Panel endorses charter school Institute for the Creative Arts in Fort Smith

New campus set for Fort Smith


The Arkansas Charter Authorizing Panel on Tuesday endorsed plans for an arts-themed open-enrollment charter high school to be located on the Arkansas River-front in downtown Fort Smith, starting with the 2024-25 school year.

The charter panel of state employees and interested citizens also voted to expand the network of Premier High Schools in the state from five campuses and an online school to eight, with the two new charter campuses being placed in Fayetteville and Russellville.

The Arkansas Board of Education will have an opportunity as soon as next month to review the plans for new campuses -- all of which would be operated by not-for profit organizations other than traditional public school systems -- before acting on whether to make the plans final.

The Fort Smith-based Institute for the Creative Arts is planned for up to 500 ninth-through-12th graders and will feature an "intensive arts and academic curriculum," according to its application.

In addition to core academics, the institute, which has its roots in an after-school and weekend community arts program, will be made up of programs in music, drama, art and design, culinary arts, dance, and cinematic arts.

Rosilee Russell, co-founder of the school's sponsoring Community School of the Arts organization, presented the plan to the panel earlier this year and the panel asked for more details, particularly about the core academics and school governance.

Jennifer Feeny, a consultant to the school planners, offered assurances Tuesday that the school will provide all state-required core academic courses.

"We are a high school. We may look different in how we offer courses," Feeny told the panel. "We may look different in how our students take electives, but at the end of the day our focus is high school graduation just like any other high school. We want to make sure our students are receiving 22 high school credits aligned to the state [Education Department] standards."

The school's career and technical education programs that are required by the state will tie into the arts, Feeny said. The first-year offerings will be both advertising and graphic design, and programming and software with a focus on game design and development. In year two, the offerings will be expanded to include audio/video technology and digital cinema. Plans for the third year include culinary arts and radio broadcasting technology.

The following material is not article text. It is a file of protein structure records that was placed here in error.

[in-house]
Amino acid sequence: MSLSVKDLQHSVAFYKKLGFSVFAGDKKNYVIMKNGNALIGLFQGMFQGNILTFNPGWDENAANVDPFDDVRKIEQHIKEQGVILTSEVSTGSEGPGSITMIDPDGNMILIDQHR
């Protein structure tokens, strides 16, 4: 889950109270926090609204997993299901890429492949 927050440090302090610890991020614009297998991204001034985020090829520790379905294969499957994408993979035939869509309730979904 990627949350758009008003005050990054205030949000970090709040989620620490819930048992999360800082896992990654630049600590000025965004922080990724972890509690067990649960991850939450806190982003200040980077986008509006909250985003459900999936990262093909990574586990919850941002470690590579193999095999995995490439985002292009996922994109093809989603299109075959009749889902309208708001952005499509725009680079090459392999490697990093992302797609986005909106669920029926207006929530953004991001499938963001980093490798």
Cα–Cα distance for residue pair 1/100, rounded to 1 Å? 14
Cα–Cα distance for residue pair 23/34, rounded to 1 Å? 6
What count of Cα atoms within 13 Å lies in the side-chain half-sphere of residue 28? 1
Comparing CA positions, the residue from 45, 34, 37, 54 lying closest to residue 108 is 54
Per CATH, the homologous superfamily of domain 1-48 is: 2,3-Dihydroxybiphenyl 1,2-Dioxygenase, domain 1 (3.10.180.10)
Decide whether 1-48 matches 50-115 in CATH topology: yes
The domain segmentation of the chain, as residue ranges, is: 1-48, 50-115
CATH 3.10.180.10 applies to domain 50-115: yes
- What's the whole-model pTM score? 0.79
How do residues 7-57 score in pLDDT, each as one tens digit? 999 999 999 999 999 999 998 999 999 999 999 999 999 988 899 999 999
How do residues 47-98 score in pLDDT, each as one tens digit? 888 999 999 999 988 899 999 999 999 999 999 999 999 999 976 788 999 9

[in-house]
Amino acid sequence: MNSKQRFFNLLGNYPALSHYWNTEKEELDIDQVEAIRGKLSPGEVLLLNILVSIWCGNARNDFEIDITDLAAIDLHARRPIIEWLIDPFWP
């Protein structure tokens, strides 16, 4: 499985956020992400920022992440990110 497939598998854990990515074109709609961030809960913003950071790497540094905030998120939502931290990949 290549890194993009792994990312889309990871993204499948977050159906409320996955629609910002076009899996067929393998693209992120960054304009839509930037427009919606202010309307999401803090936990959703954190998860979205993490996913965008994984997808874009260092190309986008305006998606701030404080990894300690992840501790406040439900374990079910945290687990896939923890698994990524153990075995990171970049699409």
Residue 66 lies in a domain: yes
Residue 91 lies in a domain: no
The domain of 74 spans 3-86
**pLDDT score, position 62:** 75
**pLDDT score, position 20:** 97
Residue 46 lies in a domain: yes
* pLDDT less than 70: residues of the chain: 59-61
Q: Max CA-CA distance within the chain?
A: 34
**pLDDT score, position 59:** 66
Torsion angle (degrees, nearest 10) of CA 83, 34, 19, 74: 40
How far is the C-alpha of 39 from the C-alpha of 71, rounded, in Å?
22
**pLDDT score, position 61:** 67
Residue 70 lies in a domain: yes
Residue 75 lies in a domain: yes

"There is a need for additional school options in the River Valley," the school's charter application states and adds that the school has the potential to reach into 20 districts within a 60- mile radius including areas in which there are disadvantaged populations with little to no arts education and weak academic test scores.

Currently the state has issued a total of 22 charters or contracts to organizations operating publicly funded charter schools. Some of the organizations are authorized by the state to use their charters to operate one campus while others operate multiple campuses.

The number of organizations operating open-enrollment charters will be increased next school year by at least five.

The Charter Authorizing Panel decision on the Institute of Creative Arts comes after lawmakers approved the Arkansas LEARNS Act, or Act 237 of 2023, that eliminated any cap on the number of charter schools that can be operated in the state by nonprofit organizations.

The new law also streamlines the charter renewal process.

The 145-page omnibus LEARNS Act is Gov. Sarah Huckabee Sanders' signature piece of legislation. LEARNS stands for literacy, empowerment, accountability, readiness, networking and safety.

If ultimately approved by the state Education Board, the Institute of Creative Arts will be the sixth organization to receive a state charter this year to begin operations in 2024-25.

Others charter schools approved for opening in the 2024-25 school year are:

Garfield Scholars Academy for 340 children in kindergarten through eighth grades located within the Rogers School District boundaries.

Pinecrest Preparatory Academy in Fayetteville to serve as many as 2,000 kindergarten through 12th-graders by 2028-2029.

Civica Career and Collegiate Academy in Bentonville to serve up to 2,550 in kindergarten through 12th-grades.

The Academy of Math and Science -- Arkansas, an open-enrollment charter school that would serve up to 600 in kindergarten through eighth-graders in southwest Little Rock.

The Bentonville School for Advanced Studies, a liberal arts charter school that would serve up to 750 in grades five through 12.

Amendment endorsed

The Charter Authorizing Panel voted 4-1 Tuesday to endorse an amendment to the existing Premier High Schools of Arkansas charter to add second-chance high schools in Fayetteville and Russellville.

Premier High Schools, which focus on students who are struggling in traditional schools or have dropped out of school, operate in Little Rock, North Little Rock, Springdale, Fort Smith and Texarkana. There is also an online Premier High.

Matthew Sutherlin, chairman of the Charter Authorizing Panel cast the sole "no" vote on the expanded number of campuses, saying he was dissatisfied with quality of data coming from the Premier High School in Springdale.